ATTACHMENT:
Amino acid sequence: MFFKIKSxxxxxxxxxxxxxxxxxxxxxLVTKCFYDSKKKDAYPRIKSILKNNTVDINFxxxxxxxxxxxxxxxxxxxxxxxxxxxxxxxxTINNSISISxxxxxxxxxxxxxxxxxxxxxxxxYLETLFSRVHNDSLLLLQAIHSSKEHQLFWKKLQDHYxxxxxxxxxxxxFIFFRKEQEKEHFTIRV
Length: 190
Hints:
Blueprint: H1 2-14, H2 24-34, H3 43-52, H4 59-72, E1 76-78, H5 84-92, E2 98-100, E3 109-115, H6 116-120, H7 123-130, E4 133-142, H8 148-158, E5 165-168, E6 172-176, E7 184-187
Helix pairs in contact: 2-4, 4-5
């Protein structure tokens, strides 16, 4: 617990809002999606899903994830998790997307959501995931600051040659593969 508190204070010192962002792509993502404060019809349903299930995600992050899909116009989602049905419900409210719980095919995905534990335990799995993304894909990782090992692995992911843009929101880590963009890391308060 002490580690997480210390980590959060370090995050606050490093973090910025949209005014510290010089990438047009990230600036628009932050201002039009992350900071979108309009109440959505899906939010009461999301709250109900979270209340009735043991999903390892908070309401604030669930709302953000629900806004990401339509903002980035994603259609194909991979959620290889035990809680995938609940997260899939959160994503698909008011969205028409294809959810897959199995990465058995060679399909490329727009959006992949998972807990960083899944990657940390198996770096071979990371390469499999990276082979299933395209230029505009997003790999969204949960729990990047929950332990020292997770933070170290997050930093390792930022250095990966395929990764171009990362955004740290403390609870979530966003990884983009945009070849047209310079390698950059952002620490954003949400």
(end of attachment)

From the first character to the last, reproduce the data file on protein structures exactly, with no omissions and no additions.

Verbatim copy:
Amino acid sequence: MFFKIKSxxxxxxxxxxxxxxxxxxxxxLVTKCFYDSKKKDAYPRIKSILKNNTVDINFxxxxxxxxxxxxxxxxxxxxxxxxxxxxxxxxTINNSISISxxxxxxxxxxxxxxxxxxxxxxxxYLETLFSRVHNDSLLLLQAIHSSKEHQLFWKKLQDHYxxxxxxxxxxxxFIFFRKEQEKEHFTIRV
Length: 190
Hints:
Blueprint: H1 2-14, H2 24-34, H3 43-52, H4 59-72, E1 76-78, H5 84-92, E2 98-100, E3 109-115, H6 116-120, H7 123-130, E4 133-142, H8 148-158, E5 165-168, E6 172-176, E7 184-187
Helix pairs in contact: 2-4, 4-5
């Protein structure tokens, strides 16, 4: 617990809002999606899903994830998790997307959501995931600051040659593969 508190204070010192962002792509993502404060019809349903299930995600992050899909116009989602049905419900409210719980095919995905534990335990799995993304894909990782090992692995992911843009929101880590963009890391308060 002490580690997480210390980590959060370090995050606050490093973090910025949209005014510290010089990438047009990230600036628009932050201002039009992350900071979108309009109440959505899906939010009461999301709250109900979270209340009735043991999903390892908070309401604030669930709302953000629900806004990401339509903002980035994603259609194909991979959620290889035990809680995938609940997260899939959160994503698909008011969205028409294809959810897959199995990465058995060679399909490329727009959006992949998972807990960083899944990657940390198996770096071979990371390469499999990276082979299933395209230029505009997003790999969204949960729990990047929950332990020292997770933070170290997050930093390792930022250095990966395929990764171009990362955004740290403390609870979530966003990884983009945009070849047209310079390698950059952002620490954003949400």